ToneCloud is great, especially if you don’t like messing around with settings. Perfect for messing around, ToneCloud lets you instantly change your guitar’s tone without having to lift a finger. If you want a good doom metal guitar tone, for instance, just search for doom metal in ToneCloud and you’ll find hundreds of options. And best of all, once you’ve used a few presets, you see exactly what goes into creating different sounds, pedal-wise.
ToneCloud isn’t just about guitar tones though; you can also download custom pedal boards – like the one used by David Gilmore or Bring Me The Horizon. Once you’ve downloaded the user-created pedal board, you can tweak it to your exact specifications, adding and subtracting things. For newer players, this aspect of BIAS FX 2 is one of its best features. It is super-simple to get started and it makes a massive difference to how your guitar sounds.
Is BIAS FX 2 Worth It?
I mean, yeah – BIAS FX 2 is totally worth the asking price. If you’ve just read all of the above and you’re not impressed, I have no words for you. BIAS FX 2 is one of my favourite tools and, in my opinion, is an essential piece of software for guitar players of all levels of ability. You can use it to experiment, to learn more about how tones are created, and you can use it to record professional, studio-quality guitar tracks on your computer.
The price of entry, for what you get, is also exceptionally low, especially when you consider just how expensive hardware guitar processors are – they can range from anywhere from $300 to over $5000. With BIAS FX 2, you get all the stuff you get with hardware processors, just for a lot less and it runs on your PC.
Prices for BIAS FX start from just $50 – that is incredible value for money. This price-point certainly gives some of the popular free amp sims a run for the money. Most free sims are bare bones, and have no effects built in.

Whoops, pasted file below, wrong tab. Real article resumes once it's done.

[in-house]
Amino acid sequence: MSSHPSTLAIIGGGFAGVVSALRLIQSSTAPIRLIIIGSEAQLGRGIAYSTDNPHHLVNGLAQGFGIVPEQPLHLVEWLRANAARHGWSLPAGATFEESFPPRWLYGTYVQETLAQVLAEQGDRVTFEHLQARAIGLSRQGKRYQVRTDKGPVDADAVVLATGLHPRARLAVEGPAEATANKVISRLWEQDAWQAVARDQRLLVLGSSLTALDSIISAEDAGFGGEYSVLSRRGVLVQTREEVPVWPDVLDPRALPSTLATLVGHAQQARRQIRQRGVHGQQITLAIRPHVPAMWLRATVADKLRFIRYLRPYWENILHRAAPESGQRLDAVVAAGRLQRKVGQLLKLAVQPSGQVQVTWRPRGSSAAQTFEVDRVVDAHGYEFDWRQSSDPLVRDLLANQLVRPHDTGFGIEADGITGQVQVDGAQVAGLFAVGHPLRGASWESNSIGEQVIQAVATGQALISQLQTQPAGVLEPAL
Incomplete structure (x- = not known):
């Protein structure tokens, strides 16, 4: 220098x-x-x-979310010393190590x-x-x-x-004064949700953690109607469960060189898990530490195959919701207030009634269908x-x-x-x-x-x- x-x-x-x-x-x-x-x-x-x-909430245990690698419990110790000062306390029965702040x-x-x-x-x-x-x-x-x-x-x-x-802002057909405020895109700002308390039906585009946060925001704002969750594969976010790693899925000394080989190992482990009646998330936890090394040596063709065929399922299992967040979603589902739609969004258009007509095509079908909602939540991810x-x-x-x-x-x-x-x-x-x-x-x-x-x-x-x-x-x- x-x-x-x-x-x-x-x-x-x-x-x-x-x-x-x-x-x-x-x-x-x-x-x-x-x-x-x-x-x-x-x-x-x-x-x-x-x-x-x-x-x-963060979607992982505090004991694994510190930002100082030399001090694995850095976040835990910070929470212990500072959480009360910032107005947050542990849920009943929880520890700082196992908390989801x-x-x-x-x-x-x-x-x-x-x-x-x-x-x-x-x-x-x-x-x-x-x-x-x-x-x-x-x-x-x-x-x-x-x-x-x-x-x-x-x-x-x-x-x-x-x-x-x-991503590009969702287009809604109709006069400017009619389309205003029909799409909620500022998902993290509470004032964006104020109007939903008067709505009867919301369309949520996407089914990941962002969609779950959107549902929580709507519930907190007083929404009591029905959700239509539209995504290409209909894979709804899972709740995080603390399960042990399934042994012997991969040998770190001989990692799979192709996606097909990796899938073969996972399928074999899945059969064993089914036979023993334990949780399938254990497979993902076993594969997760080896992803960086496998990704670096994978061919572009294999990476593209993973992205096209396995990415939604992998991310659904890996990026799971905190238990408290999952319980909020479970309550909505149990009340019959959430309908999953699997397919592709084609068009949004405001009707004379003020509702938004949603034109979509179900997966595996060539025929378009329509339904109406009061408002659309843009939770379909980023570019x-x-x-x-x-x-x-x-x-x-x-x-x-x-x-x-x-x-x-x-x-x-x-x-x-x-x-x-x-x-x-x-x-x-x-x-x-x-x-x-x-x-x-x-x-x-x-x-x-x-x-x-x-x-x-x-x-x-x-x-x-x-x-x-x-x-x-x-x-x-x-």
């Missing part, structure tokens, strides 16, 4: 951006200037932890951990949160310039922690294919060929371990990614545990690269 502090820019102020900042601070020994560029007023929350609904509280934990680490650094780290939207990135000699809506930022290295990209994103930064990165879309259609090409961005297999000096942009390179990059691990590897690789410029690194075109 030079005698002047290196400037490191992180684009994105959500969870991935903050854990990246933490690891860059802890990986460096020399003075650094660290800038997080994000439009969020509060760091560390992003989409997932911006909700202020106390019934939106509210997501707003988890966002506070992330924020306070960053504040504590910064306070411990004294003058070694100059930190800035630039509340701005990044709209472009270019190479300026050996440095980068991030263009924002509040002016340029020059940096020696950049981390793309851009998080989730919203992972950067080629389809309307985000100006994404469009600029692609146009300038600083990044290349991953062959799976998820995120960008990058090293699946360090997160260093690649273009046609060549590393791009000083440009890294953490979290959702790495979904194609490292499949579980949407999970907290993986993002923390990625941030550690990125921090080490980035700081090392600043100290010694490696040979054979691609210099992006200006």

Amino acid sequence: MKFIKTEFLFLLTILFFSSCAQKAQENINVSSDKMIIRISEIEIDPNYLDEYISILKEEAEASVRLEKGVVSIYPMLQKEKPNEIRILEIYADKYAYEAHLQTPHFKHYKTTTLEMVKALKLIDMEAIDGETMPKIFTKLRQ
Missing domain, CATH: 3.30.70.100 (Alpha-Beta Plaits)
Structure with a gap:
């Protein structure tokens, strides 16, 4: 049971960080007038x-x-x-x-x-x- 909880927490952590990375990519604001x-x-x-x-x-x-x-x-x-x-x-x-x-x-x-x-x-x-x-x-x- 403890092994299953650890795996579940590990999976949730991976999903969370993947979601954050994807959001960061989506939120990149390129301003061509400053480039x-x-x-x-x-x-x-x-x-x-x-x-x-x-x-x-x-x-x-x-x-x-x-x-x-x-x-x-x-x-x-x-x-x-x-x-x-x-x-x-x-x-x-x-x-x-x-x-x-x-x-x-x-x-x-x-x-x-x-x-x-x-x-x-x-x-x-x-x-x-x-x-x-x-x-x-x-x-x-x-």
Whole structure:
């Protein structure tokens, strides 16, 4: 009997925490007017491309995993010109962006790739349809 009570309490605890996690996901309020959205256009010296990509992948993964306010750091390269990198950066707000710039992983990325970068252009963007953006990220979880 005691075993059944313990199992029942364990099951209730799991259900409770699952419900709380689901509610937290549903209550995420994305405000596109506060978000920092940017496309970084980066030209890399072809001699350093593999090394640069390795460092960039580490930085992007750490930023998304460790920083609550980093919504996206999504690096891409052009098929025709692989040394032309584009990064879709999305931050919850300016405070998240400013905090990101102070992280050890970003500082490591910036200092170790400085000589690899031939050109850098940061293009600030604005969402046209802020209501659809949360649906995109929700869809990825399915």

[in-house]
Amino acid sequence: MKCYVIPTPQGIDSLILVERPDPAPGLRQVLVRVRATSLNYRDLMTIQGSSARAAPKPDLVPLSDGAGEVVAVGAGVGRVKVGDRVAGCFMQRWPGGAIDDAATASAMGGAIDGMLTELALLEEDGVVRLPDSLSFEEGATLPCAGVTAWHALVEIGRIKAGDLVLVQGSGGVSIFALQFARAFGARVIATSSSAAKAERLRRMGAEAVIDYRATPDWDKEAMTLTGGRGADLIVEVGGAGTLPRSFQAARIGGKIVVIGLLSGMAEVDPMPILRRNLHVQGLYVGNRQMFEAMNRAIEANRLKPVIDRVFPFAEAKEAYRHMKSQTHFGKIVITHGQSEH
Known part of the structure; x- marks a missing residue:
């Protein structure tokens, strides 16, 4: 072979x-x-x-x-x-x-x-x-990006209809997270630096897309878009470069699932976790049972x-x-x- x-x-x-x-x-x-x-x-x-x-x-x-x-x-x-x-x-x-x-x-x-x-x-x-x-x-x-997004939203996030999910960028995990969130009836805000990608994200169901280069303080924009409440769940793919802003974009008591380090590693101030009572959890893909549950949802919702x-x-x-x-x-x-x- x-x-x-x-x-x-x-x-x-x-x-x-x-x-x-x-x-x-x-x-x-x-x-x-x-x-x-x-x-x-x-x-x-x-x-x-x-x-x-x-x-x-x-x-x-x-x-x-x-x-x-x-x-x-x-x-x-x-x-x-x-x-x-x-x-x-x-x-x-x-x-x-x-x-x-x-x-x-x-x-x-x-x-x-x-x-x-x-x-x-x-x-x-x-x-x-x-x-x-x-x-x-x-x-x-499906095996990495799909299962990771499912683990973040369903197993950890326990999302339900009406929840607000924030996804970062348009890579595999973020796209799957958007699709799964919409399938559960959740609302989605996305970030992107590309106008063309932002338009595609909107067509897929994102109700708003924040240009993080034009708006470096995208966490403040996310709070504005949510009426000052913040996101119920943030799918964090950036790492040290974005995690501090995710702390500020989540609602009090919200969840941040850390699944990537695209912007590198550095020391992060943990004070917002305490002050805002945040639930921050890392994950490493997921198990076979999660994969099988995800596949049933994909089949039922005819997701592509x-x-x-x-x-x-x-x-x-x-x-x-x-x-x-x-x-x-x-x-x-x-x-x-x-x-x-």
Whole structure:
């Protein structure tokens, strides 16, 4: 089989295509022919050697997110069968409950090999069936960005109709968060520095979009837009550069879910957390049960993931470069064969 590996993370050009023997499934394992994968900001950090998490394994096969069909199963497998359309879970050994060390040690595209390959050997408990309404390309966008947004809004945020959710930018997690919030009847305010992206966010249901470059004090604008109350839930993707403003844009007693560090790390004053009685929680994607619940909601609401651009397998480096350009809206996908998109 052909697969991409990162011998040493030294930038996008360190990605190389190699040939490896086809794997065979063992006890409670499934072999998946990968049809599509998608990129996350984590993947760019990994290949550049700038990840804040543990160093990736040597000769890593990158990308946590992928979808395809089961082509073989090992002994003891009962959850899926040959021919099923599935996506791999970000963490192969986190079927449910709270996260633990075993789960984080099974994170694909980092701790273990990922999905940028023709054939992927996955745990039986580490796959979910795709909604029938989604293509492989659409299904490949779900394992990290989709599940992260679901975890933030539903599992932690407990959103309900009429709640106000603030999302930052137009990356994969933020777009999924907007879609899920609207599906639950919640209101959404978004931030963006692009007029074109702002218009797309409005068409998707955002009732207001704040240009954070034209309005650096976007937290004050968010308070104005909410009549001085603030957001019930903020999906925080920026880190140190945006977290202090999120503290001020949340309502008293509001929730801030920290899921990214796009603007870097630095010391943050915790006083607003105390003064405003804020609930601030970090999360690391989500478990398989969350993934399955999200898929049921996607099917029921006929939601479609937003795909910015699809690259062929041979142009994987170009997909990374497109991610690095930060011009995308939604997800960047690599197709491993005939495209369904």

In order to get the most from BIAS FX 2, you will need a decent set of studio monitors (I use these; they’re relatively cheap and they sound great) and a PC/Mac that can handle the software. Most modern PCs and Macs will be able to run BIAS FX 2 without any issues. My iMac is from 2014 and BIAS FX 2 runs great on it.
I’ve been using BIAS FX for years now, and I honestly cannot imagine life without it. I love my gear and my hardware but when space is not something you have in your home, a solution like BIAS FX 2 makes a ton of sense. Also, it is a hell of cheaper than buying loads of different pedals and amps. If you play guitar, and you like sounding good, there is literally no reason why you shouldn’t be using and abusing BIAS FX 2.
Check out all the current packages and latest offers here.
BIAS FX 2 Packages Compared: Standard, Pro, & ELITE…
|30 Amps, 43 Effects, 70 Factory Presets|
Guitar Match – 4 Guitar Models
Looper/Backing Track Player
Download Thousands of Presets on ToneCloud®
|Everything in Standard|
60 Amps, 115 Effects, 130 Factory Presets
Guitar Match – 8 Guitar Models
14 HD Rack Units
Dedicated IR Loader
|Everything in Pro|
100 Amps, 122 Effects, 210 Factory Presets
Guitar Match – 20 Guitar Models
18 HD Rack Units
New Fuzz Modeler
New Time Modeler
New Harmonizer Modeler
FREE – BIAS Pedal software (included : Distortion, Delay, and Modulation )
How Good is BIAS FX 2?
BIAS FX 2 is amazing. As a guitar and effects processor, it is more or less unparalleled at this price point. You have hundreds of potential options with respect to cabs, amps, and pedals, as well as access to over 50,000+ guitar tones and pedal boards via ToneCloud. But that’s just the start, BIAS FX does way more cool stuff – and for the price, it is almost certainly worth buying.
How Much Does BIAS FX Cost?
Prices for BIAS FX start from just $49 a month for the standard package. For the Pro version, you’ll pay $99, and for the Elite version $149. If you’re just looking for something to mess around with, the standard package will be fine. But if you want to record or do anything more professional, you’ll need to go with either the Pro or Elite versions.
Is BIAS FX Free?
The mobile app for iPhone is, yes – you can download BIAS FX for iPhone for free. However, it lacks many of BIAS FX 2’s features. If you want a proper guitar effects and tone processor, you’ll need to go with BIAS FX 2 – and prices start from $50.
What Do You Need To Run BIAS FX?
With Mac, you’ll need the following:
OS X 10.11 or later
Format: Standalone and plugin: Audio Units, VST 2, AAX Native
4GB of RAM minimal, 8GB or more recommended
1GB free disk space
An Internet connection
And here’s the minimum spec for PC users:
Windows 8 or above
Format: Standalone and plugin: VST 2, AAX Native
4GB of RAM minimal, 8GB or more recommended
1.5GHz Dual core processor minimal, 2.0GHz Dual core or more recommended
500MB free disk space for per version (32 or 64 bits)
An Internet connection